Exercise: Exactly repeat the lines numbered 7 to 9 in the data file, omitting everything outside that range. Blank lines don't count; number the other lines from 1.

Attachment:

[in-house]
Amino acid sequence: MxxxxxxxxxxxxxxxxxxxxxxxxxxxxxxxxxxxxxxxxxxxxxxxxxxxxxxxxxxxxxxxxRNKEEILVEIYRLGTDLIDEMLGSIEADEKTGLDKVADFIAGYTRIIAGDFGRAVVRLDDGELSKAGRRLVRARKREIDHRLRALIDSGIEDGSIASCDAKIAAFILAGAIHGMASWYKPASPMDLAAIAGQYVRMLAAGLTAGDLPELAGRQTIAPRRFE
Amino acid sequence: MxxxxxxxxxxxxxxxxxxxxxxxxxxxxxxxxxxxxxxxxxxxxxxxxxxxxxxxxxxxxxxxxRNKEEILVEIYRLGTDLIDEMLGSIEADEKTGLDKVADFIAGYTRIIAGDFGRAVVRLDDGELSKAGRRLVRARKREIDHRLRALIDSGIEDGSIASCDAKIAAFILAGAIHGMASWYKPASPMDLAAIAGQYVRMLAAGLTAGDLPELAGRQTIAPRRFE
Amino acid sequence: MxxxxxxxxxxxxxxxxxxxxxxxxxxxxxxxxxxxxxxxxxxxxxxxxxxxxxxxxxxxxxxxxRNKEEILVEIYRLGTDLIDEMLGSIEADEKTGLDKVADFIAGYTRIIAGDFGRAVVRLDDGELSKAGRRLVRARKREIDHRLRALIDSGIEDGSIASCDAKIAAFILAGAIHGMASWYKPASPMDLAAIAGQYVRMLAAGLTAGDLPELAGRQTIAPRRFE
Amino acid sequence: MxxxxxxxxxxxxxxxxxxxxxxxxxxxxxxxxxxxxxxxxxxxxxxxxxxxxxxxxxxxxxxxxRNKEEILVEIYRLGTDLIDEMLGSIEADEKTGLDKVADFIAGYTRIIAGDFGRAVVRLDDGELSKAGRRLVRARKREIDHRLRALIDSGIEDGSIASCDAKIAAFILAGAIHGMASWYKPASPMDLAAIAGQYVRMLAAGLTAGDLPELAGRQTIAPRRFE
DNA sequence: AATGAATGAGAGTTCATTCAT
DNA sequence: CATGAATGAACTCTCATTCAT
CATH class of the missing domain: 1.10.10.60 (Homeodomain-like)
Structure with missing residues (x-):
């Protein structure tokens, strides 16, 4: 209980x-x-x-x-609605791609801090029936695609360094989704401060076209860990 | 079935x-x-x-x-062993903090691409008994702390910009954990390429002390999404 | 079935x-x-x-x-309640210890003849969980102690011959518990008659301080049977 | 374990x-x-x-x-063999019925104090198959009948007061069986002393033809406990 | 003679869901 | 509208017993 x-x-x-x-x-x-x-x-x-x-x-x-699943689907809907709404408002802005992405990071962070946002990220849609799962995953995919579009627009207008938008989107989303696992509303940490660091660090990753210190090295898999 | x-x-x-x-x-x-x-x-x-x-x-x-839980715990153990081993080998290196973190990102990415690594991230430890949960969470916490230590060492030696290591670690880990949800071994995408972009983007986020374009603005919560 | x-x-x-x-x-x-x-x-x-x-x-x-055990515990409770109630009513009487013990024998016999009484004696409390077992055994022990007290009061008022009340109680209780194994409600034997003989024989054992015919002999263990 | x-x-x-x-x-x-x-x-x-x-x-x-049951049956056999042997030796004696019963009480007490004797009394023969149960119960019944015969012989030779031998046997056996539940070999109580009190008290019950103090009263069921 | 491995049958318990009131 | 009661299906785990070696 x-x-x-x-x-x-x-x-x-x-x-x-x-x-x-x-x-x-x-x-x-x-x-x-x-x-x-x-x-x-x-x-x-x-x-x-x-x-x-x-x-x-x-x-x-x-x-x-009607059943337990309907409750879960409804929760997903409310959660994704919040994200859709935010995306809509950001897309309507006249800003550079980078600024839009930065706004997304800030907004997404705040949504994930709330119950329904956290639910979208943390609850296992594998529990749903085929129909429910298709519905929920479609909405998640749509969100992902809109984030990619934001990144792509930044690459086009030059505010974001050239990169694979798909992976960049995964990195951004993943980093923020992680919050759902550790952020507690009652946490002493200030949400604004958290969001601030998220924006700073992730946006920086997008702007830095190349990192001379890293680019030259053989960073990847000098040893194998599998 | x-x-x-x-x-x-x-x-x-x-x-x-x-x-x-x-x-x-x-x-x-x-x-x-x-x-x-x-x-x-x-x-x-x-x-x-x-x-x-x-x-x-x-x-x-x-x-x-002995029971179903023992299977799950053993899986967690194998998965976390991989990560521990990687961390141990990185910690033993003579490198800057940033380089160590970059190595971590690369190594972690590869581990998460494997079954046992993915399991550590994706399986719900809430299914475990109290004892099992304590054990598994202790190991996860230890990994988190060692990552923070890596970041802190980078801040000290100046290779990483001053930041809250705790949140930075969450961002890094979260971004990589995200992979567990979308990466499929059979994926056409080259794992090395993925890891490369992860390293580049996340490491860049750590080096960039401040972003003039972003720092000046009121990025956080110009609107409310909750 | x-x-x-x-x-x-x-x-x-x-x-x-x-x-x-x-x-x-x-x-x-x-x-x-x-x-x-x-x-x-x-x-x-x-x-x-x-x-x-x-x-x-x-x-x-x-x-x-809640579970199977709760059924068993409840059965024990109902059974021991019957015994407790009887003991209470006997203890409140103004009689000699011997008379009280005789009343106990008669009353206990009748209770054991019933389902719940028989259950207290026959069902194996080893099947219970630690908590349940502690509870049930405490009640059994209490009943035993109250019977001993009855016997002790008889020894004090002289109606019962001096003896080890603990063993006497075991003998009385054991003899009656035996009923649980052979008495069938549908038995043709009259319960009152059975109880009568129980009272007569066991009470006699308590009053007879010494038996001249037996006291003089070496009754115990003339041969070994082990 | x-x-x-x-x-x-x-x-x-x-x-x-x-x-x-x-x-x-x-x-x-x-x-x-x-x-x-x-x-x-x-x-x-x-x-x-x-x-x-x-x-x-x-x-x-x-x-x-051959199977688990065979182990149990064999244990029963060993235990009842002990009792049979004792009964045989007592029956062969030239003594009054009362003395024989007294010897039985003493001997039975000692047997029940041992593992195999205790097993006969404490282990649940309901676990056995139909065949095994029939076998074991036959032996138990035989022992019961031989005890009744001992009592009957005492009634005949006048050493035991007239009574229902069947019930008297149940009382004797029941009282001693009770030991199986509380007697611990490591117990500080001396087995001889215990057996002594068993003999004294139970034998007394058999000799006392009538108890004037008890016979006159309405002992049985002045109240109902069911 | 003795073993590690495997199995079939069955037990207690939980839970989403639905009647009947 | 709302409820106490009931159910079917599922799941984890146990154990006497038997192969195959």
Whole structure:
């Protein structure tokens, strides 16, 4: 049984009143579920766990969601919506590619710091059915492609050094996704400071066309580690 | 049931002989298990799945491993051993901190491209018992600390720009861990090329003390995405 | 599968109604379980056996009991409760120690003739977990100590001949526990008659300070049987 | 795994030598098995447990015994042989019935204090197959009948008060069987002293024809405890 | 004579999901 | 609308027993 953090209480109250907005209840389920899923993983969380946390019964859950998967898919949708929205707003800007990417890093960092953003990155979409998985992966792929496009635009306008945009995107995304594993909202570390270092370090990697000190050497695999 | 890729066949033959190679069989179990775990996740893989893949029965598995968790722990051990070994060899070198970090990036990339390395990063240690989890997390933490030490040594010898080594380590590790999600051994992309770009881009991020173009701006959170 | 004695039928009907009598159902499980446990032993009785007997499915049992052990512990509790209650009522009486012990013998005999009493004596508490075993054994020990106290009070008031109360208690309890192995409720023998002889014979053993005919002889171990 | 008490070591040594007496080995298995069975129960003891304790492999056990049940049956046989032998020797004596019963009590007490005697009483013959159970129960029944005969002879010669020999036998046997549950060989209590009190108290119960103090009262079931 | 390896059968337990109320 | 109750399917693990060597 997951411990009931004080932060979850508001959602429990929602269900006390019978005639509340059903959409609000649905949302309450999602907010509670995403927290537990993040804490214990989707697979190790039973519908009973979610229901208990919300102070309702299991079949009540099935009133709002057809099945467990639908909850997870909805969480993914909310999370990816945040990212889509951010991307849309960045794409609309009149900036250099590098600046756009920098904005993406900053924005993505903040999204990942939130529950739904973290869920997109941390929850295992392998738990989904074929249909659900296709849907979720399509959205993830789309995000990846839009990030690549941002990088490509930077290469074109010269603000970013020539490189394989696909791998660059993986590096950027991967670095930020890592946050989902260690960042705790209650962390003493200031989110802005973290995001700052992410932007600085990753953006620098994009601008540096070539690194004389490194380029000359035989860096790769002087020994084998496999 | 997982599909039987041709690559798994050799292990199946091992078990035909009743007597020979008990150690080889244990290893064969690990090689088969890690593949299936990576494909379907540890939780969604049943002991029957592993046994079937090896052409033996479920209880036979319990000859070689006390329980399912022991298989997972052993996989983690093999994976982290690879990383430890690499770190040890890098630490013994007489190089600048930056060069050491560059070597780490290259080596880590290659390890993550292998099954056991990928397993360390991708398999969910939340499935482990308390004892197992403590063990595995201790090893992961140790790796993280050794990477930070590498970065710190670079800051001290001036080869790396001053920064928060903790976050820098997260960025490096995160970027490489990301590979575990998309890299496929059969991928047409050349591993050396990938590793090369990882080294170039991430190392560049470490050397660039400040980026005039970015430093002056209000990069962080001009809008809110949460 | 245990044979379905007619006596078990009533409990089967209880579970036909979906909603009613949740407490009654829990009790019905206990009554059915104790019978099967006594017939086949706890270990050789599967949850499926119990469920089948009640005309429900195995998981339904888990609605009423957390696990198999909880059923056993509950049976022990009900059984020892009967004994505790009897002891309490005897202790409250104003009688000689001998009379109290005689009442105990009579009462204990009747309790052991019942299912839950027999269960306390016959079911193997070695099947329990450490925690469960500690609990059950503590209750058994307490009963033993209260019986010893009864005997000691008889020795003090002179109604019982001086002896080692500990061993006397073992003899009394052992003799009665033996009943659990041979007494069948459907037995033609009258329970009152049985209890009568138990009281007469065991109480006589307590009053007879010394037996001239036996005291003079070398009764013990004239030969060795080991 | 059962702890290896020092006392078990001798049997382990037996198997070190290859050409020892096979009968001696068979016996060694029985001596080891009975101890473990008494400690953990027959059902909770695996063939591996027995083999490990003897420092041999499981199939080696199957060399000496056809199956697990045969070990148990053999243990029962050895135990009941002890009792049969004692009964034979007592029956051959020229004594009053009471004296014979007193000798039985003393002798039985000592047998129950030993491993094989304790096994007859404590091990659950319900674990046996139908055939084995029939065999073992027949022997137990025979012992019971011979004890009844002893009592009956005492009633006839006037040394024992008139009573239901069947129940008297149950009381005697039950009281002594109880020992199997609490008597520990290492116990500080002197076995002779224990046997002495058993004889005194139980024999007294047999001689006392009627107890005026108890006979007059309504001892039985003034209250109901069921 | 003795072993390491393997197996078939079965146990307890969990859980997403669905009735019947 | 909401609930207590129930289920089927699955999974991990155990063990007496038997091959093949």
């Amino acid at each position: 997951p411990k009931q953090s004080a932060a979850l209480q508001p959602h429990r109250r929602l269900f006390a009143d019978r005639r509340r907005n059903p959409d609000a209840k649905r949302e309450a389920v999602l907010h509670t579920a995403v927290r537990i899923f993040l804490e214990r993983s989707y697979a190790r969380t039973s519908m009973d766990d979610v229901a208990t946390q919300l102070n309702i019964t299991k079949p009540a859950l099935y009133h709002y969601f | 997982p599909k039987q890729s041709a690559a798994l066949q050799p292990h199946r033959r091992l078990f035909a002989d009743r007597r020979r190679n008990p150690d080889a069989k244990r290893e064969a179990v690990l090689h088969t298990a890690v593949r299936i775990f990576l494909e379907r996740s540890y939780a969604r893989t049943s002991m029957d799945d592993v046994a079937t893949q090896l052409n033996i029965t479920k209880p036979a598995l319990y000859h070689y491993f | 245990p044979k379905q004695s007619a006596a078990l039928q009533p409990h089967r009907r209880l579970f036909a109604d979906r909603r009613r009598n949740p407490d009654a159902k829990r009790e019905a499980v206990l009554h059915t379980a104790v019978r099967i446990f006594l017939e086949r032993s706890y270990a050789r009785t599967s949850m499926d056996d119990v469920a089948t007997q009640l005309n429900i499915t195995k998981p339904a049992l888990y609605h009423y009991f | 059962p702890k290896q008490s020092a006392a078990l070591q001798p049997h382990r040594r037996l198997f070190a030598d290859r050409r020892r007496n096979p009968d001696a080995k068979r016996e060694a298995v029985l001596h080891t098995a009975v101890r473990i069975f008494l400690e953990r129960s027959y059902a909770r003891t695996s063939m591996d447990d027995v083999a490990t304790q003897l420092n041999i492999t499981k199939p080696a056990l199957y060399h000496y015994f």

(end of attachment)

DNA sequence: CATGAATGAACTCTCATTCAT
CATH class of the missing domain: 1.10.10.60 (Homeodomain-like)
Structure with missing residues (x-):